Below is a long quote from the third chapter of A Christian Manifesto by Francis A. Schaeffer. This was published in 1981, offering incredible insight into what we are up against today as a culture. His observations and explanation helps us realize that the outward changes we see and experience as a culture are due to a shift that has taken place from a world view that was largely based on Biblical principle to a world view that no longer takes God and Biblical revelation seriously. Such a shift has an affect upon all levels of culture, society and national affairs, not just upon one’s individual character and approach toward life. The solution to our current woes is not to be found in merely addressing specific issues but in rebuilding the foundation upon which specific issues find their logical expression. This is a much more difficult endeavor but necessary nonetheless.
“The law, and especially the courts, is the vehicle to force this total humanistic way of thinking upon the entire population. This is what has happened. The abortion law is a perfect example. The Supreme Court abortion ruling invalidated abortion laws in all fifty states, even though it seems clear that in 1973 the majority of Americans were against abortion. It did not matter. The Supreme Court arbitrarily ruled that abortion was legal, and overnight they overthrew the state laws and forced onto American thinking not only that abortion was legal, but that it was ethical. They, as an elite, thus force their will on the majority, even though their ruling was arbitrary both legally and medically. Thus law and the courts became the vehicle for forcing a totally secular concept on the population.
“But I would say for the comfort of the Christian lawyers, it was not only the lawyers that did not blow the trumpet. Certainly the Bible-believing theologians were not very good at blowing trumpets either. In 1893 Doctor Charles a Briggs had been put out of the Presbyterian Ministry for teaching liberal theology. I would repeat that liberal theology is only humanism in theological terms. Then after Dr. Briggs was put out of the Presbyterian ministry there largely followed a tremendously great silence. Until the twenties and the thirties, few, if any, among the Bible-believing theologians blew a loud horn. By that time it was too late as most of the old line denominations had come under the dominance of liberal theology at the two power centers of the bureaucracies and the seminaries. By then voices were raised. But with rare exceptions, by that time it was too late. From then on, the liberal theologians would increasingly side with the secular humanist in matters of life style and the rulings of sociological law.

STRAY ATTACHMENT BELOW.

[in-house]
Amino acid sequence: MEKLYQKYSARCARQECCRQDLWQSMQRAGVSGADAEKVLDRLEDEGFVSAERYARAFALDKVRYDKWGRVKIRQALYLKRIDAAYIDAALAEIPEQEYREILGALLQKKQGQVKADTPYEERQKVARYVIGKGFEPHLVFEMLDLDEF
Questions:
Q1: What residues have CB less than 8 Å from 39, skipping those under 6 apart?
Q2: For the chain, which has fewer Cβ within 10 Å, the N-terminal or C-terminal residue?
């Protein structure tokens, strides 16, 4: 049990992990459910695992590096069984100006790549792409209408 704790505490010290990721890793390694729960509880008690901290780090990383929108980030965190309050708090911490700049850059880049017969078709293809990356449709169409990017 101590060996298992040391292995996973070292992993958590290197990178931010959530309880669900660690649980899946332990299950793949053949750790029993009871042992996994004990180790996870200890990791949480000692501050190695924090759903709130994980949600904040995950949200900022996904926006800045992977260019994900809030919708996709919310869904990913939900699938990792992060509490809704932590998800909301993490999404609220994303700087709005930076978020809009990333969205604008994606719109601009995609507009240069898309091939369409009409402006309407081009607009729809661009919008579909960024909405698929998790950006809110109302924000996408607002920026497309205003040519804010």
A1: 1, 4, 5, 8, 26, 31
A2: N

“And those Bible-believing theologians who did see the theological danger seemed totally blind to what was happening in law and in the total culture. Thus the theologians did no better in seeing the shift from one worldview to a totally different worldview. Nor did Christian educators do any better either. The failed responsibility covers a wide swath. Christian educators, Christian theologians, Christian lawyers – none of them blew loud trumpets until we were a long, long way down the road toward a humanistically based culture.
“But, while this may spread the problem of responsibility around, that does not help us today – except to realize that if we are going to do better we must stop being experts in only seeing these things in bits and pieces. We have to understand that it is one total entity opposed to the other total entity. It concerns truth in regard to final and total reality – not just religious reality, but total reality. And our view of final reality – whether it is material-energy shaped by impersonal chance, or the living God and Creator – will determine our position in every crucial issue we face today. It will determine our views on the value and dignity of people, the base for the kind of life the individual and society lives, the direction law will take, and whether there will be freedom or some form of authoritarian dominance.”